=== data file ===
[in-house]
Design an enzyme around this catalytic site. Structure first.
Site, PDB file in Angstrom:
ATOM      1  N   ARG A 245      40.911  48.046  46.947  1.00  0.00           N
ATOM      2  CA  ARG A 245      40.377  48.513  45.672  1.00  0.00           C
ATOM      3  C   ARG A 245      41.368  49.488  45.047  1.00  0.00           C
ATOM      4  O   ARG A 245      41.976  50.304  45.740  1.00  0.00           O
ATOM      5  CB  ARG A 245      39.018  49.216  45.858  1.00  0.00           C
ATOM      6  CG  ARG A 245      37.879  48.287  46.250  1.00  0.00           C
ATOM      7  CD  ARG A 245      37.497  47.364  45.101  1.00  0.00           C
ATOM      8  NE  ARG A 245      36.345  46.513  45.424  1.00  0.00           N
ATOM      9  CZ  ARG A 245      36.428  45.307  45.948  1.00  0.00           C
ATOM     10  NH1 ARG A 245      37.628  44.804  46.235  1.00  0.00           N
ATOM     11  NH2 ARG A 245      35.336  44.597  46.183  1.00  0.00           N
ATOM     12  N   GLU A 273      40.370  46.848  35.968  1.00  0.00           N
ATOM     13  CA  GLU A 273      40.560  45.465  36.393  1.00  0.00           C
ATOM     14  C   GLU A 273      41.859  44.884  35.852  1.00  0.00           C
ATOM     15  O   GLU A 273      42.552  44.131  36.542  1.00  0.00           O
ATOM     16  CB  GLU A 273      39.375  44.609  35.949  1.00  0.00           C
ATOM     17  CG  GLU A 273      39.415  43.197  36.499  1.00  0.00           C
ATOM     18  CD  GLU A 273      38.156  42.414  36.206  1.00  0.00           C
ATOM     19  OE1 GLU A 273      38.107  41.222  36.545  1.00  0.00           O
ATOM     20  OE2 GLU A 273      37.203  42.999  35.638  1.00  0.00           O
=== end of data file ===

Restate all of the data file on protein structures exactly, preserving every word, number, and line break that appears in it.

[in-house]
Design an enzyme around this catalytic site. Structure first.
Site, PDB file in Angstrom:
ATOM      1  N   ARG A 245      40.911  48.046  46.947  1.00  0.00           N
ATOM      2  CA  ARG A 245      40.377  48.513  45.672  1.00  0.00           C
ATOM      3  C   ARG A 245      41.368  49.488  45.047  1.00  0.00           C
ATOM      4  O   ARG A 245      41.976  50.304  45.740  1.00  0.00           O
ATOM      5  CB  ARG A 245      39.018  49.216  45.858  1.00  0.00           C
ATOM      6  CG  ARG A 245      37.879  48.287  46.250  1.00  0.00           C
ATOM      7  CD  ARG A 245      37.497  47.364  45.101  1.00  0.00           C
ATOM      8  NE  ARG A 245      36.345  46.513  45.424  1.00  0.00           N
ATOM      9  CZ  ARG A 245      36.428  45.307  45.948  1.00  0.00           C
ATOM     10  NH1 ARG A 245      37.628  44.804  46.235  1.00  0.00           N
ATOM     11  NH2 ARG A 245      35.336  44.597  46.183  1.00  0.00           N
ATOM     12  N   GLU A 273      40.370  46.848  35.968  1.00  0.00           N
ATOM     13  CA  GLU A 273      40.560  45.465  36.393  1.00  0.00           C
ATOM     14  C   GLU A 273      41.859  44.884  35.852  1.00  0.00           C
ATOM     15  O   GLU A 273      42.552  44.131  36.542  1.00  0.00           O
ATOM     16  CB  GLU A 273      39.375  44.609  35.949  1.00  0.00           C
ATOM     17  CG  GLU A 273      39.415  43.197  36.499  1.00  0.00           C
ATOM     18  CD  GLU A 273      38.156  42.414  36.206  1.00  0.00           C
ATOM     19  OE1 GLU A 273      38.107  41.222  36.545  1.00  0.00           O
ATOM     20  OE2 GLU A 273      37.203  42.999  35.638  1.00  0.00           O